|Reign||late 209 – December 211|
(senior from 2 February 211)
|Co-emperors||Septimius Severus (until 211)|
|Born||7 March 189|
|Died||26 December 211 (aged 22)|
Publius Septimius Geta (/ˈɡɛtə/ GHET-ə; 7 March 189 – 26 December 211) was Roman emperor with his father Septimius Severus and older brother Caracalla from 209, when he was named Augustus like his brother, who had held the title from 198. Severus died in 211, and although he intended for his sons to rule together, they proved incapable of sharing power, culminating with the murder of Geta in December of that year.
|Roman imperial dynasties|
|Severan dynasty family tree|
Geta was the younger son of Septimius Severus by his second wife Julia Domna. He was born on 7 March in either Rome or Mediolanum, at a time when his father was only a provincial governor at the service of Emperor Commodus. In 198, Geta was raised to Caesar. Septimius Severus gave him the title of augustus in late 209.
During the campaign against the Britons in the early 3rd century AD, imperial propaganda promoted the image of a happy family that shared the responsibilities of rule. Geta's brother Caracalla acted as Severus' second-in-command, and administrative and bureaucratic duties were Geta's responsibility. In reality, however, the rivalry and antipathy between the brothers did not abate. With the death of Severus in 211, control of the empire passed to Geta and Caracalla jointly.
When Septimius Severus died in Eboracum on 4 February 211, Caracalla and Geta were proclaimed joint emperors and returned to Rome. Their mother, Julia Domna, who had served as a crucial advisor and confidante to her husband, was able to maintain her political influence over two co-emperors. It is said that on the journey from Britain to Rome the two brothers kept well away from each other, not once lodging in the same house or sharing a common meal.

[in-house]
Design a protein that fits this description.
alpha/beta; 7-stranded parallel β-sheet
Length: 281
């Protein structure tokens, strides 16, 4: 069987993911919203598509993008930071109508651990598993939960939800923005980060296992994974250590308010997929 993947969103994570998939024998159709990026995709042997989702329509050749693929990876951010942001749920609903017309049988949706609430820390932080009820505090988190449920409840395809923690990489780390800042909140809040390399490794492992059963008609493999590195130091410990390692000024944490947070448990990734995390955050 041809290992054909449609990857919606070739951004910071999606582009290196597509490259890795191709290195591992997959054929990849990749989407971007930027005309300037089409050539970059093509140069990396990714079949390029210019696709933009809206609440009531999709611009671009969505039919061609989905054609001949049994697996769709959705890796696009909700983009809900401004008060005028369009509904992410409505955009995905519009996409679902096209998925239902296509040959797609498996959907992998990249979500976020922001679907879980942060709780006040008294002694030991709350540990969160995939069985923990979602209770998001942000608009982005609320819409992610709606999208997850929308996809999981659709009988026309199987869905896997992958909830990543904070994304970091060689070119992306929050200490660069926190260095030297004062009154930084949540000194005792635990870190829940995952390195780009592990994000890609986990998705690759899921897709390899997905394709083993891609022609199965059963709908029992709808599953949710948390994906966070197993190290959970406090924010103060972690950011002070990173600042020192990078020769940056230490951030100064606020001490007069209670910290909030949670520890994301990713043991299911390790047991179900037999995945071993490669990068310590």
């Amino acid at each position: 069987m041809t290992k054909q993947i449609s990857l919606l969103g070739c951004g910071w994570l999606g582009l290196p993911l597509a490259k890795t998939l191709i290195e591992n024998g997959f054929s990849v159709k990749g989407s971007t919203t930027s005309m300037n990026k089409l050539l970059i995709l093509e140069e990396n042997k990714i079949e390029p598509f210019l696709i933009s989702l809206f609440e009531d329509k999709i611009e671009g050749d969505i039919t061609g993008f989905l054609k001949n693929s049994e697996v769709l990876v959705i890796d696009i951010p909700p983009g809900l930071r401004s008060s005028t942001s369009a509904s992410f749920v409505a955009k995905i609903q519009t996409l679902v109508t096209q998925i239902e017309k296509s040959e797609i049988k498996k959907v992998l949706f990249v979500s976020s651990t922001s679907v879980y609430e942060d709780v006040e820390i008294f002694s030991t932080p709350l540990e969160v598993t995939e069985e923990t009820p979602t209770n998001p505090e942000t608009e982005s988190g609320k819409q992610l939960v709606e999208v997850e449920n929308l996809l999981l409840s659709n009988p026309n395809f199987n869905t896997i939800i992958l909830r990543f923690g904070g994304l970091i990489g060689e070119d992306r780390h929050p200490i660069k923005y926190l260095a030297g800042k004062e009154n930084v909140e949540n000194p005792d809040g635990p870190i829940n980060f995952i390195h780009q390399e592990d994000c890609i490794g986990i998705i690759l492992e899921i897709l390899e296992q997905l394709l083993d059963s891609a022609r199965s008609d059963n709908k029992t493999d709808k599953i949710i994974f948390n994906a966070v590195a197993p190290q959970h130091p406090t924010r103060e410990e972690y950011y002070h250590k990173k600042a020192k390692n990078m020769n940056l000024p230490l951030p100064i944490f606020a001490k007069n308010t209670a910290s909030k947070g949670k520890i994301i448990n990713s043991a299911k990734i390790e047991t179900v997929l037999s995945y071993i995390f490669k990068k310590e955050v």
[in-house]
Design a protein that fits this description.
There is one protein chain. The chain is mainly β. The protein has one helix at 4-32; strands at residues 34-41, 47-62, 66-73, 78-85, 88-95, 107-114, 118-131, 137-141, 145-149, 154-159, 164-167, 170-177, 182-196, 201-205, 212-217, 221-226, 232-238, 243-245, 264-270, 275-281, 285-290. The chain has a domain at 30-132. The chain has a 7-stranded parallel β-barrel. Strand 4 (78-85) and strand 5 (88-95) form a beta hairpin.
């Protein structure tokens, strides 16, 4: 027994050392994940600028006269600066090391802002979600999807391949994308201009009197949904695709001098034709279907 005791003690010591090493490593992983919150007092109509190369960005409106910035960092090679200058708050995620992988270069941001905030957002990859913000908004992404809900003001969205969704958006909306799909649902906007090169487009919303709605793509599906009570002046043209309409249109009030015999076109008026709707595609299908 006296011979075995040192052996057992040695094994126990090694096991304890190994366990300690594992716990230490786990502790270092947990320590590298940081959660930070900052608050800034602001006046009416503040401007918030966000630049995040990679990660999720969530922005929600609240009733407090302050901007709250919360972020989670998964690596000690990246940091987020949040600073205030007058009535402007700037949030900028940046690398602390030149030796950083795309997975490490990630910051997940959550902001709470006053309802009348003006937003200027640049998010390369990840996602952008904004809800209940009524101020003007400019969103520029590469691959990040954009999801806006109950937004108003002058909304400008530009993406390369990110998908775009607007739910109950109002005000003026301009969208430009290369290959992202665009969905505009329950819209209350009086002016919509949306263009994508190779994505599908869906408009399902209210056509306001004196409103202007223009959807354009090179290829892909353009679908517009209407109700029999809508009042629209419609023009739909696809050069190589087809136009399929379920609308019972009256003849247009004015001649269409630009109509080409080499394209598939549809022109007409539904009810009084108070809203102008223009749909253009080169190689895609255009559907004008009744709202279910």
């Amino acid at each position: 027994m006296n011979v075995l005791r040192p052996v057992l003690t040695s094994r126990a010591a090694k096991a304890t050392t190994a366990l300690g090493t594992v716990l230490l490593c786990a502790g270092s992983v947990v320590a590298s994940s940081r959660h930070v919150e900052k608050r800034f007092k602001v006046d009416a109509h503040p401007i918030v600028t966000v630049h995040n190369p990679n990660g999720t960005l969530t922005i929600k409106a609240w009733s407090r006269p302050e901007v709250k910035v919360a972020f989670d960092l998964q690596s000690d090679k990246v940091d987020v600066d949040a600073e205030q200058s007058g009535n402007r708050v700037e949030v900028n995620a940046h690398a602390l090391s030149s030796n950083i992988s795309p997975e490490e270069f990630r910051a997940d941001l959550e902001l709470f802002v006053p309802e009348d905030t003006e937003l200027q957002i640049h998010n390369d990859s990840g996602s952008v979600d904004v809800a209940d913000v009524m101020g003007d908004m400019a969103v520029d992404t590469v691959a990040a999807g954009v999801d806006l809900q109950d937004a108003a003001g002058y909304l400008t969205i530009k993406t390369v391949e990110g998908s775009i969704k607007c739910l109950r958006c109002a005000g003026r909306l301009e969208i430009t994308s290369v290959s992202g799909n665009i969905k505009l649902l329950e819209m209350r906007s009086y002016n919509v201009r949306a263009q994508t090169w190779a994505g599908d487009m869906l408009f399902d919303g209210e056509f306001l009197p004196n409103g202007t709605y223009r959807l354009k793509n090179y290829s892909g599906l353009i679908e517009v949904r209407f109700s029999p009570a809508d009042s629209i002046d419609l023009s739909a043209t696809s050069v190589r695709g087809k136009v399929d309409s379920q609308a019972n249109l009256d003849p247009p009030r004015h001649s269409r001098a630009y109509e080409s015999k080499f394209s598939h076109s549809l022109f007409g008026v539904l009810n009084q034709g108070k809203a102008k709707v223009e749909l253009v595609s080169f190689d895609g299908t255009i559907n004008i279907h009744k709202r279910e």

Their joint rule was a failure. The Imperial Palace was divided into two separate sections, and neither allowed the servants of the other into his own. They only met in the presence of their mother, and with a strong military guard, being in constant fear of assassination. The current stability of their joint government was only through the mediation and leadership of their mother, Julia Domna, accompanied by other senior courtiers and generals in the military. The historian Herodian asserted that the brothers decided to split the empire in two halves, but with the strong opposition of their mother, the idea was rejected, when, by the end of 211, the situation had become unbearable. Caracalla tried unsuccessfully to murder Geta during the festival of Saturnalia (17 December). Finally, the next week, Caracalla had his mother arrange a peace meeting with his brother in his mother's apartments, thus depriving Geta of his bodyguards, and then had him murdered in her arms by centurions.
Caracalla ordered the damnatio memoriae, which was thoroughly carried out, as is clear from the archaeological record. Reportedly, Caracalla was thereafter tormented by guilt over his deed, but sought to expiate it by adding to this crime the proscription of all his brother's former followers. Cassius Dio stated that around 20,000 men and women were killed or proscribed on this charge during this time.
Very few marble portraits attributable to Geta survive to date, presumably due to the very thorough damnatio memoriae which resulted in the erasing of his images. However Roman coins with his image are plentiful, and can reflect how his father Septimius Severus and mother Julia Domna and later Geta himself wanted him to be seen by the Roman people (and especially the Roman military).
Images of Geta and his older brother Caracalla cannot be well distinguished until the death of the father. Both sons were supposed to be presented as equally suitable heirs to the throne, showing thus more "depth" to the dynasty.
On his coins, Caracalla, who became Augustus in 198, was shown with a wreath of laurels, while Geta remained bareheaded until he himself became Augustus in 209. Between 209 and their father's death in February 211, both brothers were shown as equally mature young men with a short full beard, ready to take over the empire. Between the death of Septimus Severus and the assassination of Geta, Caracalla's portraits did not change, while Geta was depicted with a long beard with hanging hairs, much like his father, a strong indication of Geta's efforts to be seen as the "true" successor of his father.
The Severan Tondo panel painting depicts Septimius Severus and his family with an obliterated face assumed to be Geta.
The notoriously unreliable Historia Augusta (Geta, 3) suggest Geta was born [on 27 May 189]. However, other more reliable sources are available for determining Geta's date of birth.
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Publius Septimius Geta, (born March 7, 189, Mediolanum [now Milan, Italy]—died Dec. 26, 211, Rome), Roman emperor from 209 to 211, jointly with his father, Septimius Severus (reigned 193–211), and his brother, Caracalla (reigned 198–217).
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Publius Septimius Geta was the younger son of Septimius Severus. He was likely born in Rome—Milan has also been proposed—in March of 189.